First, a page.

Foods For a 9-Month-Old Baby

By Jennifer Magnesi
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At 9 months old, your baby will begin to consume less breast milk or formula, and you should start to introduce more solid foods. At this age babies can eat a variety of finger foods as long as they are cut into small pieces or pureed to a mushy consistency. While 9-month-olds are able to expand their dietary repertoire, they should also be watched carefully while eating.

Fruits and Vegetables

At 9 months old, your baby will begin to eat soft fruits and steamed vegetables. Fruits to serve at this age should be cut up into small, bite-size pieces or mashed. Bananas and ripe peaches are soft enough to cut up into small pieces and serve as is. Fruits such as apples, mango, pears and pineapple should be mashed or pureed before serving. Vegetables to serve include squash, green beans, sweet potatoes, zucchini and eggplant. Vegetables should always be steamed and either mashed or cut into very small pieces.

Finger Foods

Finger foods make it easy for the baby to eat on his own, though an adult should still keep a close eye on him. Finger foods that are appropriate for a 9-month-old include cubes of soft cheese (unless your child has a milk allergy), dry cereal, pieces of crackers and toasted bread crusts. Soft fruit that has been cut up and steamed vegetables also work well for a snack or during mealtime.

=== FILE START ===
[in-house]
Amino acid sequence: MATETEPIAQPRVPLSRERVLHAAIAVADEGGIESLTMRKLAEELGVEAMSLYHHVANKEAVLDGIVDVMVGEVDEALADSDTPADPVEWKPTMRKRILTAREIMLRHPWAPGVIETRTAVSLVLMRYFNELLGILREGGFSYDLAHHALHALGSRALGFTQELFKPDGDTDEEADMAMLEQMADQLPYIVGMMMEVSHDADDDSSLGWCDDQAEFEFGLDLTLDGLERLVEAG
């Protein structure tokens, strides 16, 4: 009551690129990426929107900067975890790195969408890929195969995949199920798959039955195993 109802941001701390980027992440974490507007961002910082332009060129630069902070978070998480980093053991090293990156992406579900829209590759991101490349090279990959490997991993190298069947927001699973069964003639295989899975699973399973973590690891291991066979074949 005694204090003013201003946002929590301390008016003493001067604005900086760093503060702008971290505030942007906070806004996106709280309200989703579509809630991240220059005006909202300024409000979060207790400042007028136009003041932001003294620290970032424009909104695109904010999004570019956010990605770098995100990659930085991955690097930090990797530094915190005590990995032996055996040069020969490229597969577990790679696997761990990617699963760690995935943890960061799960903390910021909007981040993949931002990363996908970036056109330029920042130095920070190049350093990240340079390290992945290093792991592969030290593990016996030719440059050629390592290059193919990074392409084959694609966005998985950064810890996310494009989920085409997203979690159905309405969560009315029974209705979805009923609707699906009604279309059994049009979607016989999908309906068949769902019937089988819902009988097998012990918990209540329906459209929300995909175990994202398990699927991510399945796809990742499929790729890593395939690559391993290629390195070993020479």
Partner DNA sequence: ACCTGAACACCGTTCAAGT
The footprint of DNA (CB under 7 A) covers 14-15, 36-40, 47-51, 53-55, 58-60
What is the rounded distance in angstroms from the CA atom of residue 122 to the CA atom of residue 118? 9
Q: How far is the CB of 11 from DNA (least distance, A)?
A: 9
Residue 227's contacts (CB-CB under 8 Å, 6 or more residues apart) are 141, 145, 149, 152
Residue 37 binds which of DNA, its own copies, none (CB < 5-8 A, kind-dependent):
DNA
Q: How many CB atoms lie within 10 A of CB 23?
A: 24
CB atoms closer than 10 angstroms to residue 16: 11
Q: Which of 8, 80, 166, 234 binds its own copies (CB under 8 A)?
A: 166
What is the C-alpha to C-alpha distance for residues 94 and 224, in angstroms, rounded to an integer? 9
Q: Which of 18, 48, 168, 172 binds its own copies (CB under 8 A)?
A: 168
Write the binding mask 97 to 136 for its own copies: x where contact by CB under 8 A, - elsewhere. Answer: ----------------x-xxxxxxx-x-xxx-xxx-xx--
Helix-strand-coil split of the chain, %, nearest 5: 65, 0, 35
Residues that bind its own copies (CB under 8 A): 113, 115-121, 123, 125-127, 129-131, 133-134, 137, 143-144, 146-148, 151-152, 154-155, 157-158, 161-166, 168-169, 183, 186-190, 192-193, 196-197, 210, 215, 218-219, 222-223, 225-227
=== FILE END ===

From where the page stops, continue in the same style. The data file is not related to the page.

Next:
Meal Ideas

Nine-month-olds can be introduced to many of the sit-down meals you have with your family. They will be able to eat small pieces of grilled cheese, pasta, rice with sauce and mashed potatoes. Choose foods that are made with whole grains, limiting the amount of fat and sugar in your child's meals. Other family meals also may be served to the baby, as long as her portion is put through a food processor first to make it soft and mushy.

Foods to Avoid

Serve your 9-month-old foods that are healthy and free of sugars and unnecessary fat. Choose the unsweetened variety of yogurt when possible, as he will not know any better. Foods to avoid that might be potential choking hazards are whole grapes or berries, peanut butter, raw carrots or other hard vegetables, meat chunks, nuts, hard candy and popcorn. Hard fruit that has not been pureed first, such as apple slices, should not be served. Avoid sugary foods such as cookies or other treats.